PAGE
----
Besides patrolling, the inspectors also were involved in other activities. For example, in April, they cleared a fire break (11 km long between the Kovarny and Kamenka streams) from dry leaves and felled trees in order to prevent ignition there. Also, areas near the Central and Milogradovsky inspector’s stations were cleared from felled trees. Additional campgrounds were built in the Park.

“Generally speaking, a number of violations has decreased compared with the same period of time in 2012”, says Yuri Bersenev, director of the Zov Tigra National Park. “People have become aware of a high possibility of being caught and punished for their illegal activities here”. 

Apr 17, 2013

Best ranger serves the national park

We are glad to report that one of the best wildlife rangers of our region fights poaching in the Zov Tigra national park! In September 2012 during the celebration of annual Tiger Day festival in Vladivostok the names of the two Best Rangers of Primorsky province were announced following the result of the anti-poaching work in 2011-2012. For three years the Zov Tigra national park successfully implements law-enforcement monitoring program MIST which allows evaluating the performance of each anti-poaching inspector. This year two best wildlife rangers – Eugeny Terentyev state inspector of the Land of the Leopard national park and Sergei Marchenko state inspector of response team of Zov Tigra national park - were awarded with a trip to India. A visit to the fantastic tiger range country was sponsored by the International Fund for Animal Welfare (IFAW).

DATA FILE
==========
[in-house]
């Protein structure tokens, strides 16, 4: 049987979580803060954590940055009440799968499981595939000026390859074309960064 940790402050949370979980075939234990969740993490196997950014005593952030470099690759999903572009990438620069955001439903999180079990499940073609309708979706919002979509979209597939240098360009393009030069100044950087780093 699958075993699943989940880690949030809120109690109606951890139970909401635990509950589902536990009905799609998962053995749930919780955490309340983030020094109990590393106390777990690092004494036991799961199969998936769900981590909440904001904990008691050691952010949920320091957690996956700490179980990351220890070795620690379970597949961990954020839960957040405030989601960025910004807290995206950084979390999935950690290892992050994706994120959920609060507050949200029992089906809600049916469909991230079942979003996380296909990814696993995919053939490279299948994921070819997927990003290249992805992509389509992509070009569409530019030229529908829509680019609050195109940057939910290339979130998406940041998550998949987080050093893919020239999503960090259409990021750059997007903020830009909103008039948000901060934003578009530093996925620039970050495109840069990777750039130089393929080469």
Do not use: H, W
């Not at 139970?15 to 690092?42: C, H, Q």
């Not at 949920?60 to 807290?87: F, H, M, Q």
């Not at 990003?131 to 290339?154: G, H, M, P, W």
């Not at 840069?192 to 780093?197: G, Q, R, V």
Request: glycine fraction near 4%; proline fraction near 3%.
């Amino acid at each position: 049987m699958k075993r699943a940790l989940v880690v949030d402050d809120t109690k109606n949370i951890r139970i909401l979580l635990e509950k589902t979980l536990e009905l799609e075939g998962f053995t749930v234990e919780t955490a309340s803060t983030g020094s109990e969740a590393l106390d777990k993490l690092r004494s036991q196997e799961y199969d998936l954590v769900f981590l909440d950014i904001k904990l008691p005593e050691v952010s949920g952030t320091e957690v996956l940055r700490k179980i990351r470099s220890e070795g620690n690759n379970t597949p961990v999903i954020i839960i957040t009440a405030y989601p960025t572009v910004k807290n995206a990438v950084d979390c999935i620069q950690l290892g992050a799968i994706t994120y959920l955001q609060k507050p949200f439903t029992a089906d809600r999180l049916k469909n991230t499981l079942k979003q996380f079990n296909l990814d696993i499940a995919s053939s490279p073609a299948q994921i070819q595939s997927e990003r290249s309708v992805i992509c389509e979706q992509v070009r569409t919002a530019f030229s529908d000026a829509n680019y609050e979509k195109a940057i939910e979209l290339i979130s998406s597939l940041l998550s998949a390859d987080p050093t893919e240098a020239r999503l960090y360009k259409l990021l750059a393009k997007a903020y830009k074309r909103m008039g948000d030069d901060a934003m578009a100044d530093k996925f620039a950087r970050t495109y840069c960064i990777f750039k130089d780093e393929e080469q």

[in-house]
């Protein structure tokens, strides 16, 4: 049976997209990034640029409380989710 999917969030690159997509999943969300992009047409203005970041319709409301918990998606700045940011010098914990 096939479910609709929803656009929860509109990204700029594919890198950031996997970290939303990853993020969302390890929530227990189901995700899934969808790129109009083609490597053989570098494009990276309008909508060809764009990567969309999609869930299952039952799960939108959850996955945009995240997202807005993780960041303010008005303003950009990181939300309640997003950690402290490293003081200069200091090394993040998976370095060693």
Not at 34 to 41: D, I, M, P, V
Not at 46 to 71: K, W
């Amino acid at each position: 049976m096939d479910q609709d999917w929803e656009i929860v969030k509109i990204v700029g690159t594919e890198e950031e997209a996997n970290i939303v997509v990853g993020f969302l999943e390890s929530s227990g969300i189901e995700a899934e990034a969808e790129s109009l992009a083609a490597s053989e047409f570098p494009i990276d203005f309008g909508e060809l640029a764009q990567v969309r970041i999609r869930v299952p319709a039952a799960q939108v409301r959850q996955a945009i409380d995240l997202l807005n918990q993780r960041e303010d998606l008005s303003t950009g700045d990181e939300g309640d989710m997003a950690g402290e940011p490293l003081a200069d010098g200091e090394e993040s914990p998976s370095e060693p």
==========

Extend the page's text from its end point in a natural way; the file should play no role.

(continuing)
A few weeks ago Sergei return to his homeland and shared some impressions from the trip and tiger protection system in India with his colleagues. The program included visits to three tiger reserves, exchange of experience with Indian rangers and meetings with locals. During the travel Sergei saw a great number of wild animals walking freely around the protected territories and being under reliable protection of the Indian guards. He also mentioned that the protection system is arranged more effective there: camera-traps are placed everywhere, information is instantly transferred through satellite communication to the rangers’ computers. Without leaving a guard post Indian inspectors can see everything that happens in the reserved area. Locals treat the security guards with deep respect and rangers themselves never break the park rules.